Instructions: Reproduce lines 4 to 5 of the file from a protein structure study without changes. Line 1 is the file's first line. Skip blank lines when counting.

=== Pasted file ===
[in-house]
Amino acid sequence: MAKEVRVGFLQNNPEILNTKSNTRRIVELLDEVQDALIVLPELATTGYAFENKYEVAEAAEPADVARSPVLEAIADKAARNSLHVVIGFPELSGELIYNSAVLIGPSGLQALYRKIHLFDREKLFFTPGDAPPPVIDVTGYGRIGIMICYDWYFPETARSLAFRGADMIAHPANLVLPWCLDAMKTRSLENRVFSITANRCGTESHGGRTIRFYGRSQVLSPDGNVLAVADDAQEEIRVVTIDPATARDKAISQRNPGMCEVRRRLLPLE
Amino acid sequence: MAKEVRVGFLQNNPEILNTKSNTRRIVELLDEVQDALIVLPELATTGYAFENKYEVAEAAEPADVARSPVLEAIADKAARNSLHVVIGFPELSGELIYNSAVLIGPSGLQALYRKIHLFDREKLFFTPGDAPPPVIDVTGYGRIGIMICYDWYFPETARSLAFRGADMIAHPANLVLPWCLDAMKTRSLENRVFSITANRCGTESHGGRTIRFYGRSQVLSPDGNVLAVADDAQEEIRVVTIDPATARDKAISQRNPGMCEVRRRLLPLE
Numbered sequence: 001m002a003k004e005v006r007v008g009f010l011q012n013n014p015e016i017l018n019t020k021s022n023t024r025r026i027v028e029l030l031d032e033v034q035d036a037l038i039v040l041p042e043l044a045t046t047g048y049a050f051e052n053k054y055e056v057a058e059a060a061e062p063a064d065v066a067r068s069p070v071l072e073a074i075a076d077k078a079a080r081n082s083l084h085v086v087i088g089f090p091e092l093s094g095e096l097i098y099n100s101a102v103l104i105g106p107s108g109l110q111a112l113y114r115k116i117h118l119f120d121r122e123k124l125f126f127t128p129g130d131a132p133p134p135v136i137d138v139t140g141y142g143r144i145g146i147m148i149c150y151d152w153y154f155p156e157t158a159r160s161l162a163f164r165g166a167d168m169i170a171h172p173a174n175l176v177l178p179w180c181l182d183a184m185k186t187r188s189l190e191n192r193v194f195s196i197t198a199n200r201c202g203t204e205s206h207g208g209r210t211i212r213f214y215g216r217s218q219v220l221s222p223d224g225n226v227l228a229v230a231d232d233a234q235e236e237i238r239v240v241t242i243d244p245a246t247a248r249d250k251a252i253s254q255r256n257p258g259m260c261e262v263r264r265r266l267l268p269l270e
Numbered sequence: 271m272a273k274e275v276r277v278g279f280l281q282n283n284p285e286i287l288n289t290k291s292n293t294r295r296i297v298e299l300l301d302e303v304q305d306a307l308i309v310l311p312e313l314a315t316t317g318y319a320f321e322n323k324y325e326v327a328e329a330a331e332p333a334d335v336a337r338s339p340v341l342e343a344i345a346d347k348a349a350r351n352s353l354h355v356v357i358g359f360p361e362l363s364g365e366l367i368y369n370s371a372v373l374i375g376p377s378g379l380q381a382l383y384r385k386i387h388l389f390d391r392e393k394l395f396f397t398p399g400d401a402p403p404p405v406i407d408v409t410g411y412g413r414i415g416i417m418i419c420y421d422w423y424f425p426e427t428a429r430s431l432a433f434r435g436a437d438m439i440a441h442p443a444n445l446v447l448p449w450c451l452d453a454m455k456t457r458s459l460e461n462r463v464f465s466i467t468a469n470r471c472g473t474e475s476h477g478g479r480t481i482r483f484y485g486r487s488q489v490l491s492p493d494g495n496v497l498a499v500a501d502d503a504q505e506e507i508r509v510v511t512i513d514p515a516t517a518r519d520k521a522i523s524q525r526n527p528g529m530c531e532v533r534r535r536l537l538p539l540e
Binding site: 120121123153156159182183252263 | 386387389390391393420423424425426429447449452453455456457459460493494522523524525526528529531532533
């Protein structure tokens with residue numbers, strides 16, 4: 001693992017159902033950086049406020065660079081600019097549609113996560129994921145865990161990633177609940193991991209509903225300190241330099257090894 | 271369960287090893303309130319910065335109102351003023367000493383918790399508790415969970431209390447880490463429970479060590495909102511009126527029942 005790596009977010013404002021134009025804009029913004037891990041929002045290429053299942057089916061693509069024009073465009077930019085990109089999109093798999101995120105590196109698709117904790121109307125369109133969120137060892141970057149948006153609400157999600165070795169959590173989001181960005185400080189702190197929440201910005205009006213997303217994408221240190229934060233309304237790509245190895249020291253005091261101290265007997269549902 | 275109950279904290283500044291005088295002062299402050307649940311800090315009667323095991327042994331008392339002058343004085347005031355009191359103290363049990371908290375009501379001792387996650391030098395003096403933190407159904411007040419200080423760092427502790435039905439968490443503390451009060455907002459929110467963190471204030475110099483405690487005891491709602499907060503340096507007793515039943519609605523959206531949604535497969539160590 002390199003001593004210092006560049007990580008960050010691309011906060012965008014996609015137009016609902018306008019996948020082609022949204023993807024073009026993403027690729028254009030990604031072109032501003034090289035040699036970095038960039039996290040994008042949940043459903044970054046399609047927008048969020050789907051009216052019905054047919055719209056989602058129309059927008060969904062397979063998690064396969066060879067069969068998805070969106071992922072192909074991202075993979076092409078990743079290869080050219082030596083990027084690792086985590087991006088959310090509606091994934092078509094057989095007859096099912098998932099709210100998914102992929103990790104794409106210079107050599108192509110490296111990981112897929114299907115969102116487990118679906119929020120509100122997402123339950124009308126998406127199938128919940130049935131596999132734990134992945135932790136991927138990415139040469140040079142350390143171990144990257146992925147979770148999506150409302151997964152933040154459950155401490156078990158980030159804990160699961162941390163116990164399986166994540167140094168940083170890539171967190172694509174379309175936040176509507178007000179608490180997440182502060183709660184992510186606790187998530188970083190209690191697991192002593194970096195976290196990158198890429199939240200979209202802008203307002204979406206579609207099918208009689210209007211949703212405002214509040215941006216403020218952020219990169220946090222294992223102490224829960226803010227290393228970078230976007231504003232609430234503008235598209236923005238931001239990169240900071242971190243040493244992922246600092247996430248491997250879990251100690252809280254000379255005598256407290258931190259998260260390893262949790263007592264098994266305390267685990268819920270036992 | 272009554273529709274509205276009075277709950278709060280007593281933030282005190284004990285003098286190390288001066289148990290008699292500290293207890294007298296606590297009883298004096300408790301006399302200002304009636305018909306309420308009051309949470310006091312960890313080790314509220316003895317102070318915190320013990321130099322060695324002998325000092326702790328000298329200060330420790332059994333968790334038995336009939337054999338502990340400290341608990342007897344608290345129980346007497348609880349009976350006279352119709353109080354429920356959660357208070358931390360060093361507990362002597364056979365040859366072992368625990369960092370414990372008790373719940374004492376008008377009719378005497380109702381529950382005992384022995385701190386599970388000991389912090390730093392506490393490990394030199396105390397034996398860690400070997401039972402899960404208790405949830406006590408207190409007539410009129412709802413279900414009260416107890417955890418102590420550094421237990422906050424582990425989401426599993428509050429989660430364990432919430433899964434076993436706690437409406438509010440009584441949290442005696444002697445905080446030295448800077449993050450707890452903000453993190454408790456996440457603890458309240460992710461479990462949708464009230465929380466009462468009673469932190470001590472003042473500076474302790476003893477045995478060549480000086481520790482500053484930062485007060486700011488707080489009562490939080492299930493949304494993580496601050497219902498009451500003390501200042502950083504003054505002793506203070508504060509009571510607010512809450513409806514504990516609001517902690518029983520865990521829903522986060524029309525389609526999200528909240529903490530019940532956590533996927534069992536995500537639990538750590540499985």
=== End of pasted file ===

Numbered sequence: 001m002a003k004e005v006r007v008g009f010l011q012n013n014p015e016i017l018n019t020k021s022n023t024r025r026i027v028e029l030l031d032e033v034q035d036a037l038i039v040l041p042e043l044a045t046t047g048y049a050f051e052n053k054y055e056v057a058e059a060a061e062p063a064d065v066a067r068s069p070v071l072e073a074i075a076d077k078a079a080r081n082s083l084h085v086v087i088g089f090p091e092l093s094g095e096l097i098y099n100s101a102v103l104i105g106p107s108g109l110q111a112l113y114r115k116i117h118l119f120d121r122e123k124l125f126f127t128p129g130d131a132p133p134p135v136i137d138v139t140g141y142g143r144i145g146i147m148i149c150y151d152w153y154f155p156e157t158a159r160s161l162a163f164r165g166a167d168m169i170a171h172p173a174n175l176v177l178p179w180c181l182d183a184m185k186t187r188s189l190e191n192r193v194f195s196i197t198a199n200r201c202g203t204e205s206h207g208g209r210t211i212r213f214y215g216r217s218q219v220l221s222p223d224g225n226v227l228a229v230a231d232d233a234q235e236e237i238r239v240v241t242i243d244p245a246t247a248r249d250k251a252i253s254q255r256n257p258g259m260c261e262v263r264r265r266l267l268p269l270e
Numbered sequence: 271m272a273k274e275v276r277v278g279f280l281q282n283n284p285e286i287l288n289t290k291s292n293t294r295r296i297v298e299l300l301d302e303v304q305d306a307l308i309v310l311p312e313l314a315t316t317g318y319a320f321e322n323k324y325e326v327a328e329a330a331e332p333a334d335v336a337r338s339p340v341l342e343a344i345a346d347k348a349a350r351n352s353l354h355v356v357i358g359f360p361e362l363s364g365e366l367i368y369n370s371a372v373l374i375g376p377s378g379l380q381a382l383y384r385k386i387h388l389f390d391r392e393k394l395f396f397t398p399g400d401a402p403p404p405v406i407d408v409t410g411y412g413r414i415g416i417m418i419c420y421d422w423y424f425p426e427t428a429r430s431l432a433f434r435g436a437d438m439i440a441h442p443a444n445l446v447l448p449w450c451l452d453a454m455k456t457r458s459l460e461n462r463v464f465s466i467t468a469n470r471c472g473t474e475s476h477g478g479r480t481i482r483f484y485g486r487s488q489v490l491s492p493d494g495n496v497l498a499v500a501d502d503a504q505e506e507i508r509v510v511t512i513d514p515a516t517a518r519d520k521a522i523s524q525r526n527p528g529m530c531e532v533r534r535r536l537l538p539l540e